POW/MIA agency dig site could hold Marine missing from Vietnam War

The body of Marine Lance Cpl. Ashton Loney lies on West Beach covered in a poncho after he was killed in action during the battle of Koh Tang. This photograph was taken by Marine Fred Morris during a lull in the fighting. Loney remains unaccounted for after his body was left behind during the confusion of the evacuation and fighting.


By MATTHEW M. BURKE | STARS AND STRIPES Published: February 12, 2015

The newly established Defense POW/MIA Accounting Agency has dispatched a remains recovery team to the Cambodian island of Koh Tang, where three Marines were left behind following the final battle of the Vietnam War.

The excavation site is believed to hold the remains of Lance Cpl. Joseph Hargrove, Pfc. Gary Hall or Pvt. Danny Marshall, according to official documents from DPMAA’s predecessor, the Joint Prisoners of War, Missing in Action Accounting Command.

The three-man gun team was left behind in the confusion of a troop withdrawal following a brutal May 15, 1975, battle between about 200 U.S. Marines and entrenched Cambodian Khmer Rouge soldiers in what became known as the “Mayaguez Incident.”

The dig began Jan. 14 and is expected to run through the end of March.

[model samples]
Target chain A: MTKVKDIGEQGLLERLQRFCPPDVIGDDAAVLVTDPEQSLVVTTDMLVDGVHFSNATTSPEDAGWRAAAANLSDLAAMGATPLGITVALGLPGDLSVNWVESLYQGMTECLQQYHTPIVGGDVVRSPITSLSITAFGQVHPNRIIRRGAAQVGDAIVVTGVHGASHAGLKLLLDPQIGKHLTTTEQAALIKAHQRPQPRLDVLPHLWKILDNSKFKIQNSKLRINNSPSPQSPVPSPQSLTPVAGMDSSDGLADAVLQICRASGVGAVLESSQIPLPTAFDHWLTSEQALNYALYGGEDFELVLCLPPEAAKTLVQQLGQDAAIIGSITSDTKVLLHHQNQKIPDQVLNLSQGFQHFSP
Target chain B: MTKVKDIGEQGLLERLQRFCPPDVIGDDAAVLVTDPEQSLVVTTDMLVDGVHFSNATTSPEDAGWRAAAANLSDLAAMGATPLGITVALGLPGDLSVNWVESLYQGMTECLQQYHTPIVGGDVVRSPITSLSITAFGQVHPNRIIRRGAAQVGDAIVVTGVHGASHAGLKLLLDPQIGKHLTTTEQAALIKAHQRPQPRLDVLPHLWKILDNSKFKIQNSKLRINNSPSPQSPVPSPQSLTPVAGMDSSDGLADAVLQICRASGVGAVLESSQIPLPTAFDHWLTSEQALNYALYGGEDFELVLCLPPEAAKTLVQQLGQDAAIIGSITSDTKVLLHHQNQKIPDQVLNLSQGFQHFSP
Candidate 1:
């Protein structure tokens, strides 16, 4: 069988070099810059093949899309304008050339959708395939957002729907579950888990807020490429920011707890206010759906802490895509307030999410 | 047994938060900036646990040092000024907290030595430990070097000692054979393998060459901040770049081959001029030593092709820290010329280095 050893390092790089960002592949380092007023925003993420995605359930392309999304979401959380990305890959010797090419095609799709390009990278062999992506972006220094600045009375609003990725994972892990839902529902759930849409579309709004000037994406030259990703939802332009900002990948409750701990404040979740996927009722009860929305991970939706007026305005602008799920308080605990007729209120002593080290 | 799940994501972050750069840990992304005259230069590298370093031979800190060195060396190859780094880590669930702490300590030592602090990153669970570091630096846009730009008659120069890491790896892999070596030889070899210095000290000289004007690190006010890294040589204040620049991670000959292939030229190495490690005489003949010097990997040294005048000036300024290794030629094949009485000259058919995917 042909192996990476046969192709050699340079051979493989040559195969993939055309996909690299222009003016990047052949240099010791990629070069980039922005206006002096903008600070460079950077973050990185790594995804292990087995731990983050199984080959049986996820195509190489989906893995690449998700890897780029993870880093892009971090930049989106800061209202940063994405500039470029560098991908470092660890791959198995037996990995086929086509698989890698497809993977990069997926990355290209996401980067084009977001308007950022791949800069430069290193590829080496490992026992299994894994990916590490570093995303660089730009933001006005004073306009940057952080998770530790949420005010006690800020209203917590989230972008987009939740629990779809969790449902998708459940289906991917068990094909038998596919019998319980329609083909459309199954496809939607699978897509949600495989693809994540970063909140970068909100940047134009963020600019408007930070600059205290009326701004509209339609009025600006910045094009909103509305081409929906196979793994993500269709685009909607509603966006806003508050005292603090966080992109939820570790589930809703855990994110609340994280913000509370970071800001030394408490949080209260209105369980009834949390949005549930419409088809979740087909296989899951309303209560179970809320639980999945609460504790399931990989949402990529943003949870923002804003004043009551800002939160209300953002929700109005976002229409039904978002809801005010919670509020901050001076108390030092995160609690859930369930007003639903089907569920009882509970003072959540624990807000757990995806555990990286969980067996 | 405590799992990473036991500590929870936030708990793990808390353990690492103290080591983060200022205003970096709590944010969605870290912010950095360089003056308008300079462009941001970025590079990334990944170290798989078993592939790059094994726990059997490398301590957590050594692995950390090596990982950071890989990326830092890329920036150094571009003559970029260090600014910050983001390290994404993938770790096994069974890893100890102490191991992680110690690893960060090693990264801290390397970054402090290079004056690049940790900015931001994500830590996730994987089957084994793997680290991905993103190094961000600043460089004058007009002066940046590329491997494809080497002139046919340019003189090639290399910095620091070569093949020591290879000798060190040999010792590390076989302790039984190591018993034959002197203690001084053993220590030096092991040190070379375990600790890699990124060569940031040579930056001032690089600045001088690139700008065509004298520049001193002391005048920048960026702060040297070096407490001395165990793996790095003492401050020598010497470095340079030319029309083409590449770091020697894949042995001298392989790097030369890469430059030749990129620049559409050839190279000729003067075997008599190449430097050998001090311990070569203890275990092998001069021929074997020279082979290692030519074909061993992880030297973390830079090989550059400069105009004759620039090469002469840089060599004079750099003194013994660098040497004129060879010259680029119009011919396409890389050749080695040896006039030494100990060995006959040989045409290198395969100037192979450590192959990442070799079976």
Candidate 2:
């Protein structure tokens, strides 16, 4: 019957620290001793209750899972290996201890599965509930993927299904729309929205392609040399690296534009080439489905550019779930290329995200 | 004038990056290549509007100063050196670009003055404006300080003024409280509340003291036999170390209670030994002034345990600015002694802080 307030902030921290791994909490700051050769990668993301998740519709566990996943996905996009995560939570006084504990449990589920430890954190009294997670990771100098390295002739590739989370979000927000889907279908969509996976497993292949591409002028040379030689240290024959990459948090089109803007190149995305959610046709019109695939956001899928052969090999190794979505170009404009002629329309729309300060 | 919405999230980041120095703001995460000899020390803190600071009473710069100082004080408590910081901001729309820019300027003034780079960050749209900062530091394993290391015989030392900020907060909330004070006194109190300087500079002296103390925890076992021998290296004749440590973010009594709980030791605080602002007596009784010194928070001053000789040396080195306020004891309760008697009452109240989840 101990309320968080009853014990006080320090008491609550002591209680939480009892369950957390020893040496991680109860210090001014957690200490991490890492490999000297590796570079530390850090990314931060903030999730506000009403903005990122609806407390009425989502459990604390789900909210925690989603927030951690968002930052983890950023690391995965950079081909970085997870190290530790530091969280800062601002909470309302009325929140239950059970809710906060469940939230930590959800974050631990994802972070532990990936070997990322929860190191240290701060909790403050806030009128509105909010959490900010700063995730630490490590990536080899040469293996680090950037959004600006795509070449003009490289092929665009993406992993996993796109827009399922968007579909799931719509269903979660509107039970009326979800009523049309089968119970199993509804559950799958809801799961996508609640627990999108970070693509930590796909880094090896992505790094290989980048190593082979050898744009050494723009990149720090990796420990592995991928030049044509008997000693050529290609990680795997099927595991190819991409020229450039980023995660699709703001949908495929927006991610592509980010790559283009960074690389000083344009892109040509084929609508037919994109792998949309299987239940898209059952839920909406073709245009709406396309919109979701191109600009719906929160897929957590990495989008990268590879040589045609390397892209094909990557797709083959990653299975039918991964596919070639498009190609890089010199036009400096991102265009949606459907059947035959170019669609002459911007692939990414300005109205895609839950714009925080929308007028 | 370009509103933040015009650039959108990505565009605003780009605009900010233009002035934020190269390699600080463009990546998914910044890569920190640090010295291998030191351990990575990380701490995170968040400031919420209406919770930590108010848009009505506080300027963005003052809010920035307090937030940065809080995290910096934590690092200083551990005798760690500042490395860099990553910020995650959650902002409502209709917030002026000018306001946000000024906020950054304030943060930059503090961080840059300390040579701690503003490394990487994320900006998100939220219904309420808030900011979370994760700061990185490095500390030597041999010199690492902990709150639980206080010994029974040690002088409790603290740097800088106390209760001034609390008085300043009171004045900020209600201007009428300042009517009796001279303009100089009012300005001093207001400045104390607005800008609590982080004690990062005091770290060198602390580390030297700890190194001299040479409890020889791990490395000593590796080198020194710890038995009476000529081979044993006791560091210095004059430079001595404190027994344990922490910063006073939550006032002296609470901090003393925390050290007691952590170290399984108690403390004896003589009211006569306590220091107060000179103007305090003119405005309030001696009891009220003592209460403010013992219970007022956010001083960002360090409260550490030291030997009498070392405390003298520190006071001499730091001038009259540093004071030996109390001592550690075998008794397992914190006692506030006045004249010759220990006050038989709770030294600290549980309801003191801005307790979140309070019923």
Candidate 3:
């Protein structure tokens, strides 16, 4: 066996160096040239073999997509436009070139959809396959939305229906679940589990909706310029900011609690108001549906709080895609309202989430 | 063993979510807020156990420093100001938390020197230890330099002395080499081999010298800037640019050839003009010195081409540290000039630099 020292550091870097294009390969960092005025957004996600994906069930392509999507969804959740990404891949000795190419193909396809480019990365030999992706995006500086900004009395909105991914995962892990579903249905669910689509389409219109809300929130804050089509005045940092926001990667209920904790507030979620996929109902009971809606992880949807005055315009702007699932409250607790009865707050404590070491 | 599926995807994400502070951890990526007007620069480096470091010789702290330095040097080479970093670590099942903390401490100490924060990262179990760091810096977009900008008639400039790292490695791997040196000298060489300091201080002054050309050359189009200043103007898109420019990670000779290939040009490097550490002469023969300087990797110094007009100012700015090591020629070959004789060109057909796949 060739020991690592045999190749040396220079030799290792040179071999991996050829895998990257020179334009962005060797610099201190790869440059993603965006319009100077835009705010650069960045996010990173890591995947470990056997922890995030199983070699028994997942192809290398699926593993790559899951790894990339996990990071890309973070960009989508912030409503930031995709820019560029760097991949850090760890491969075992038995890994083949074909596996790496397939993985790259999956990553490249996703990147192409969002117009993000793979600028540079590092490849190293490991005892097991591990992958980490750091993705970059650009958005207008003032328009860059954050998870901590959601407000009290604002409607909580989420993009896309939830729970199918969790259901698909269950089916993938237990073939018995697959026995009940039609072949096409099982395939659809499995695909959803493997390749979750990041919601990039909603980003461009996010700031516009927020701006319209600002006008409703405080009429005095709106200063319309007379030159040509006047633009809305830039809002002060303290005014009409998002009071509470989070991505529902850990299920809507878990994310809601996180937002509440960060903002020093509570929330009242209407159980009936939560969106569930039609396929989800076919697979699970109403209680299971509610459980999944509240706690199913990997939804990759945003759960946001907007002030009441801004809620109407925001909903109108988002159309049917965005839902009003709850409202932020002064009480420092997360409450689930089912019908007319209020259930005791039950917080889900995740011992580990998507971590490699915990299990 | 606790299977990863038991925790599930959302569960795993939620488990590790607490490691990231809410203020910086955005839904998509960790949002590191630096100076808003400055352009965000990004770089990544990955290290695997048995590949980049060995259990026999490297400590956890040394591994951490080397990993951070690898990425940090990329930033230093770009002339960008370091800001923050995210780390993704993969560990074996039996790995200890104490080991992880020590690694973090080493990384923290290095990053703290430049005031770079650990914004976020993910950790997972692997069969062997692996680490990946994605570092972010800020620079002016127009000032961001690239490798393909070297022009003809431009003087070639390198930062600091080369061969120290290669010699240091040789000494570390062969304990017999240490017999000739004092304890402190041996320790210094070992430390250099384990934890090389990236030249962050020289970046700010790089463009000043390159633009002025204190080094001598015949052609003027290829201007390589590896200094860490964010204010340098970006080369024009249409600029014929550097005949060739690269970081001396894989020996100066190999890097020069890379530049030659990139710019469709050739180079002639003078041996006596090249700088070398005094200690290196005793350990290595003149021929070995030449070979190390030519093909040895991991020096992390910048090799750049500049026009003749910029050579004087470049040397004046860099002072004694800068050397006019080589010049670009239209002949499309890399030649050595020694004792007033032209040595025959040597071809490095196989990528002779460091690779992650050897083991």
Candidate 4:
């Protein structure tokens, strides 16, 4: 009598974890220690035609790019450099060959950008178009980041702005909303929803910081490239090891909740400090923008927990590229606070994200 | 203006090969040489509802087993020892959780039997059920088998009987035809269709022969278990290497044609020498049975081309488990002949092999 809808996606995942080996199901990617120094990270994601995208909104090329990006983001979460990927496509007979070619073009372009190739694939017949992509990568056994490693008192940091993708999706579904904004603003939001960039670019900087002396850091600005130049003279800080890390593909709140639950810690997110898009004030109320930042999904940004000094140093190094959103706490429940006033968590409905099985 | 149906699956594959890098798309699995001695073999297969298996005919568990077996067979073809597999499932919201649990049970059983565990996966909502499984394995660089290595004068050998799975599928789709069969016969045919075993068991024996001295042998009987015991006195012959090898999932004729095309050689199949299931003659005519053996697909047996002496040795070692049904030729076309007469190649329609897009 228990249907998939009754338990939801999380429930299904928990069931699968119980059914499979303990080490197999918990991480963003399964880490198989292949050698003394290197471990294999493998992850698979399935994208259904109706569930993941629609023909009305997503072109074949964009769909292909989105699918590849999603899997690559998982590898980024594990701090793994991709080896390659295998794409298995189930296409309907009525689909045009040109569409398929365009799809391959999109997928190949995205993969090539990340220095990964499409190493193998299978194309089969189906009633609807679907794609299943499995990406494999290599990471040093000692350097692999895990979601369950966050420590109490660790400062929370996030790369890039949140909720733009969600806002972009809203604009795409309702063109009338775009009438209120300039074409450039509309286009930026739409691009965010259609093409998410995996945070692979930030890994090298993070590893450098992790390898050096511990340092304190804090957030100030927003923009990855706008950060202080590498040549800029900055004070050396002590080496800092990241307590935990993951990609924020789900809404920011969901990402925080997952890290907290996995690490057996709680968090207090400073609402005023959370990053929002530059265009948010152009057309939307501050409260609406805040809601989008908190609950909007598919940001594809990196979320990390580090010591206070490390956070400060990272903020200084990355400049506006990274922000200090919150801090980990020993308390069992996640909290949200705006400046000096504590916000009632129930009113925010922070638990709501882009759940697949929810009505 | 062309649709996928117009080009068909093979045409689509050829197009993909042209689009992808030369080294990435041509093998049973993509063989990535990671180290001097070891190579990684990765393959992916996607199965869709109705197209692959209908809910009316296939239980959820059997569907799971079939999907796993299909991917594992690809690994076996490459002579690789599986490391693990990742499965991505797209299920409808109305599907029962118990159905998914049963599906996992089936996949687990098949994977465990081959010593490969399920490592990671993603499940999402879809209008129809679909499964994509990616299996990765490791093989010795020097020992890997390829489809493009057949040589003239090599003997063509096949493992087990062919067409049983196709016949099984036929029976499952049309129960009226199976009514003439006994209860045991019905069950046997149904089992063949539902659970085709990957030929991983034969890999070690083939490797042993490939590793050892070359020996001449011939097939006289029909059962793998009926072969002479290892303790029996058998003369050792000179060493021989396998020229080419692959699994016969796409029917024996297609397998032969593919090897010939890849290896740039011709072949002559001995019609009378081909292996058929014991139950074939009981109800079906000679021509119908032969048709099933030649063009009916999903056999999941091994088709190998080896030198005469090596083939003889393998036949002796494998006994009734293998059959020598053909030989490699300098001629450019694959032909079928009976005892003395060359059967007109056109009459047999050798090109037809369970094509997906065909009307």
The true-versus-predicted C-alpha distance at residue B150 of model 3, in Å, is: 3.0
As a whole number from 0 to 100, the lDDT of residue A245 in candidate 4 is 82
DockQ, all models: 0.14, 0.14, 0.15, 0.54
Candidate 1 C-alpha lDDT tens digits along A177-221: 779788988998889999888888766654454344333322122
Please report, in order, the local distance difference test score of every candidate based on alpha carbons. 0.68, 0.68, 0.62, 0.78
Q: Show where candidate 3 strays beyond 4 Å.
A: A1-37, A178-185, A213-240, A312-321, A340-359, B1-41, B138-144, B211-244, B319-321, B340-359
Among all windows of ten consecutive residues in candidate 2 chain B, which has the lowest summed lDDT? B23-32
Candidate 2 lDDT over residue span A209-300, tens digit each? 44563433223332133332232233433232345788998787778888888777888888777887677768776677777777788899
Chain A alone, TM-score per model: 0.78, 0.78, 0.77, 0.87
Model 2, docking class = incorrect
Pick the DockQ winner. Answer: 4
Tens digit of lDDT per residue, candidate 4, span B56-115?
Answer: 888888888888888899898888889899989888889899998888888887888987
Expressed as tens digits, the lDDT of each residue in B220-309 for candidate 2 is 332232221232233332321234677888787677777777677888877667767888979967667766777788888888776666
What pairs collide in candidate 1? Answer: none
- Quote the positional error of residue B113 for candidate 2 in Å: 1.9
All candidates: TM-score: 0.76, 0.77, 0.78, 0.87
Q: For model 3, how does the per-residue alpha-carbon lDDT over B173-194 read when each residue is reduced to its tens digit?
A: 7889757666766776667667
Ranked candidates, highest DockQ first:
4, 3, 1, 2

The location of excavation site has not been made public, but it’s likely to be one of two areas where the heaviest fighting occurred. In 2013, a seven-member JPAC investigation team spent a week on the island’s east and west beaches.

Months later, JPAC told Stars and Stripes that the team did find enough evidence to bring one site before the administrative body that decides whether to allocate funds for a dig.

A recovery operation, such as the one ongoing on Koh Tang, means that the site was approved by the board, and the likelihood of finding remains is high.

Officials have declined numerous requests from Stars and Stripes for information related to the excavations.

“This is an ongoing mission and details can’t be discussed at this time,” DPMAA spokeswoman Lt. Col. Melinda Morgan said.

However, the Defense POW/Missing Personnel Office has declassified some of the documents since the investigative dig occurred. Heavily redacted copies are housed in Texas Tech University’s Vietnam War archives.

According to a document dated November 2013, investigators found a water well where former Khmer Rouge soldiers claimed they killed and buried an American soldier after the battle.

Any American remains found there would likely belong to Hargrove, because most accounts say that Hall and Marshall were taken to the mainland and executed.

In additional to Hargrove, Hall and Marshall, two other servicemembers remain missing from the battle.

Lance Cpl. Ashton Loney’s body was left behind on west beach in the haste of the withdrawal, and former combatants claimed he was buried on the beach. There is no public record of his body being recovered, or his remains identified.

Air Force Staff Sgt. Elwood Rumbaugh was lost at sea near a downed helicopter.